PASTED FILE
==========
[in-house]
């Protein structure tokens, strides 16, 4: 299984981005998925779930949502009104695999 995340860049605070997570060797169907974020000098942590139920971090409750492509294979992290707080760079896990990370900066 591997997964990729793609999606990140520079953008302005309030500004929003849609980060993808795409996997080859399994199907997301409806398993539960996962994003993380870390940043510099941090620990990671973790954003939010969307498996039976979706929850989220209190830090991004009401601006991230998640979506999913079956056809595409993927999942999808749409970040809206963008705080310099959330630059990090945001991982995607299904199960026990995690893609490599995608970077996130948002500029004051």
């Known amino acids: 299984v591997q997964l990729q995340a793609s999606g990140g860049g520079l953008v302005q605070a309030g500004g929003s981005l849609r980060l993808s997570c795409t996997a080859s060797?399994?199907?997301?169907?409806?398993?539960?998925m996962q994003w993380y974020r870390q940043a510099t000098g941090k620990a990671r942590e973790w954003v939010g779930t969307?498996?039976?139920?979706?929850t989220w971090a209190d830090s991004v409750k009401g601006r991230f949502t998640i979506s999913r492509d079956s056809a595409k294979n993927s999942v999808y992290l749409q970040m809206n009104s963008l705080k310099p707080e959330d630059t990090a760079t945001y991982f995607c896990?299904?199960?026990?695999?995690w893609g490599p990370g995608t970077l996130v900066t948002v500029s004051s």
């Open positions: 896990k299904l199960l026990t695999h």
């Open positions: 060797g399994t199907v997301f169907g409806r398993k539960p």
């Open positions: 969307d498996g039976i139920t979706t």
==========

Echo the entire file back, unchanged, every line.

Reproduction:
[in-house]
């Protein structure tokens, strides 16, 4: 299984981005998925779930949502009104695999 995340860049605070997570060797169907974020000098942590139920971090409750492509294979992290707080760079896990990370900066 591997997964990729793609999606990140520079953008302005309030500004929003849609980060993808795409996997080859399994199907997301409806398993539960996962994003993380870390940043510099941090620990990671973790954003939010969307498996039976979706929850989220209190830090991004009401601006991230998640979506999913079956056809595409993927999942999808749409970040809206963008705080310099959330630059990090945001991982995607299904199960026990995690893609490599995608970077996130948002500029004051």
């Known amino acids: 299984v591997q997964l990729q995340a793609s999606g990140g860049g520079l953008v302005q605070a309030g500004g929003s981005l849609r980060l993808s997570c795409t996997a080859s060797?399994?199907?997301?169907?409806?398993?539960?998925m996962q994003w993380y974020r870390q940043a510099t000098g941090k620990a990671r942590e973790w954003v939010g779930t969307?498996?039976?139920?979706?929850t989220w971090a209190d830090s991004v409750k009401g601006r991230f949502t998640i979506s999913r492509d079956s056809a595409k294979n993927s999942v999808y992290l749409q970040m809206n009104s963008l705080k310099p707080e959330d630059t990090a760079t945001y991982f995607c896990?299904?199960?026990?695999?995690w893609g490599p990370g995608t970077l996130v900066t948002v500029s004051s």
């Open positions: 896990k299904l199960l026990t695999h």
């Open positions: 060797g399994t199907v997301f169907g409806r398993k539960p």
């Open positions: 969307d498996g039976i139920t979706t």